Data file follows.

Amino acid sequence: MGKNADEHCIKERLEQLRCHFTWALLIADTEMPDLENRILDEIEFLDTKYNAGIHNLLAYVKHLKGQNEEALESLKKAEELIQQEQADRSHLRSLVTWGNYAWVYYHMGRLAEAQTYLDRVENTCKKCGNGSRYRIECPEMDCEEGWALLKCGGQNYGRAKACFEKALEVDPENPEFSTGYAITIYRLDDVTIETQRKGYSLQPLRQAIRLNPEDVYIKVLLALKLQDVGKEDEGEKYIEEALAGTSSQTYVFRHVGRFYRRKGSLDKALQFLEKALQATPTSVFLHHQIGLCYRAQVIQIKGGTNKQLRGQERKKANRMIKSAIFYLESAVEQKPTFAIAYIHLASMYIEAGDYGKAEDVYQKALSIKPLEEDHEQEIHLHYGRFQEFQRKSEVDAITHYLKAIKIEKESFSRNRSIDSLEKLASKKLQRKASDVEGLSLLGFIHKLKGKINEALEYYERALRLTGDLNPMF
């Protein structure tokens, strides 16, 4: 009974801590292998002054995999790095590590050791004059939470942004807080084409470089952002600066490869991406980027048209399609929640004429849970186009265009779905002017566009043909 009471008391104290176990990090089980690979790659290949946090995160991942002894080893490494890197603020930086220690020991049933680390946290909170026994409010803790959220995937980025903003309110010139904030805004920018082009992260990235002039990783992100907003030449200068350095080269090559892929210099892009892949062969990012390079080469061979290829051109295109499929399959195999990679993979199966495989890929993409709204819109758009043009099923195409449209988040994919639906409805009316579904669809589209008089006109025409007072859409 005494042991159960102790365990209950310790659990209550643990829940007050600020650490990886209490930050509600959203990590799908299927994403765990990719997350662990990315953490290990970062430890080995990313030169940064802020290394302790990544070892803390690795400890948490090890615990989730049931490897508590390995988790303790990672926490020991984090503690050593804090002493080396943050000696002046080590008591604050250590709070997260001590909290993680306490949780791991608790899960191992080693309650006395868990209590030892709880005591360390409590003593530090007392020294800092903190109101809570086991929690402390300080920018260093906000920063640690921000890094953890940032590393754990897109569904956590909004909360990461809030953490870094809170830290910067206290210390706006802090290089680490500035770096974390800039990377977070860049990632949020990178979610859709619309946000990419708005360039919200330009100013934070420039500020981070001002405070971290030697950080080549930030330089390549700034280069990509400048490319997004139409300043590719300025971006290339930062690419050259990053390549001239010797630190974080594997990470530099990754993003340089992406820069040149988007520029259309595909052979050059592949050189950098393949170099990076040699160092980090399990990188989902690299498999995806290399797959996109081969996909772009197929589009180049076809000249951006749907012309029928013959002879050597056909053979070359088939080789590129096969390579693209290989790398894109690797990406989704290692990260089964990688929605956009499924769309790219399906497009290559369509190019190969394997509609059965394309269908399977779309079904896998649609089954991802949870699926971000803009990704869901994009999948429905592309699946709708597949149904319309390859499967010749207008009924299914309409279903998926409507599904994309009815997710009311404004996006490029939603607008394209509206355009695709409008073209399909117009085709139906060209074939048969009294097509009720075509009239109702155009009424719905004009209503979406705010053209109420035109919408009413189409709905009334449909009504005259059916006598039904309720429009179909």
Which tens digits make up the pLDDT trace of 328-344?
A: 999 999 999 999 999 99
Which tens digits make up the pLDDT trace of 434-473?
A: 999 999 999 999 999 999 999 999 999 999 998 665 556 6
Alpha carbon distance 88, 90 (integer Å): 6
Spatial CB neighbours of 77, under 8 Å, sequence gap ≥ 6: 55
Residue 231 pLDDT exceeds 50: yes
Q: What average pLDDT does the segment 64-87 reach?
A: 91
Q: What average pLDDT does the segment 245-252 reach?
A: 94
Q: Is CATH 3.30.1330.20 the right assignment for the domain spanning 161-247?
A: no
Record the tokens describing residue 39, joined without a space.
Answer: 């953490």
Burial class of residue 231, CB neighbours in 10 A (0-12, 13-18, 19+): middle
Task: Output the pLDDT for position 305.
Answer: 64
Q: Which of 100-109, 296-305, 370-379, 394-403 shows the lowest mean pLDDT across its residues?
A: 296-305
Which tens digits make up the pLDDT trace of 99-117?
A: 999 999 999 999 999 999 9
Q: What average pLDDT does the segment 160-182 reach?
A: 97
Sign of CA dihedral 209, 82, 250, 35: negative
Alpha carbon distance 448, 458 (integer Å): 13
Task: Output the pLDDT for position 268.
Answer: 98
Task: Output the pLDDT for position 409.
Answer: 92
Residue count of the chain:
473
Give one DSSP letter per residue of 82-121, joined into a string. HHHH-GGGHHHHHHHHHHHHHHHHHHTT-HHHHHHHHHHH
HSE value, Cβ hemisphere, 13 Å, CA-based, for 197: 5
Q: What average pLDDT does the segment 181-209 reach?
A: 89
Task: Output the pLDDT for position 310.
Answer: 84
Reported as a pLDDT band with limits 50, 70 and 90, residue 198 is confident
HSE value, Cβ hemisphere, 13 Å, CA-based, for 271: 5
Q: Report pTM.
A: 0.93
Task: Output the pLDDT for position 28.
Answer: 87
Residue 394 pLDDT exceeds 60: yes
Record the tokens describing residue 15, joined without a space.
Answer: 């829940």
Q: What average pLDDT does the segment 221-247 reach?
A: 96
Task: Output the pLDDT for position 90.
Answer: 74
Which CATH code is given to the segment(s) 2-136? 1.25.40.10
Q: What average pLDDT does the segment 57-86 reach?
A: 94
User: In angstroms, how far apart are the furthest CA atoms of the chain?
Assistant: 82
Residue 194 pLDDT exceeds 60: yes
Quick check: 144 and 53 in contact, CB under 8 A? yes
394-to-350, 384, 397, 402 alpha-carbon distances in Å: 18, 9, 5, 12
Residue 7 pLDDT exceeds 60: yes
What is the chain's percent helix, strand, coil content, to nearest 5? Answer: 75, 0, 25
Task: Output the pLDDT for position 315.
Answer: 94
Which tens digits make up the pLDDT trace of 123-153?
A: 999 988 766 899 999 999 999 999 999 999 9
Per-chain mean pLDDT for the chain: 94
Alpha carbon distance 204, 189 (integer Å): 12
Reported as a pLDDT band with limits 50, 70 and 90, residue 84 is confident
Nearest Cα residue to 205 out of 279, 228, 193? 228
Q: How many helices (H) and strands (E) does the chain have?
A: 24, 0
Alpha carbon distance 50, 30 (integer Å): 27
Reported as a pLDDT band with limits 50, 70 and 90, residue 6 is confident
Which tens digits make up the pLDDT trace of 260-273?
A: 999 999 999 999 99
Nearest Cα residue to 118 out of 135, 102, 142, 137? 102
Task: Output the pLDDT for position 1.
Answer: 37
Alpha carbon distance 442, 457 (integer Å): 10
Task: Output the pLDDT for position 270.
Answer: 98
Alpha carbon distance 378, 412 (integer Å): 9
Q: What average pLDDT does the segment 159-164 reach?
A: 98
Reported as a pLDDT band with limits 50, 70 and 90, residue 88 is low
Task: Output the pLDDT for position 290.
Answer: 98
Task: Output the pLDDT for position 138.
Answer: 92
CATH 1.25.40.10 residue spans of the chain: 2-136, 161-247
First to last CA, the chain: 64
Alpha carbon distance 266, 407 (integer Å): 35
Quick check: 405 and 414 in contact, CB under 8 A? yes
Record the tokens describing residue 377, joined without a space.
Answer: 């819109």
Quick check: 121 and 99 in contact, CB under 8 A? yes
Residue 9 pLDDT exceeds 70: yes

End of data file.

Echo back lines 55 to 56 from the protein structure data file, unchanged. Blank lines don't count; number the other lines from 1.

Q: What average pLDDT does the segment 57-86 reach?
A: 94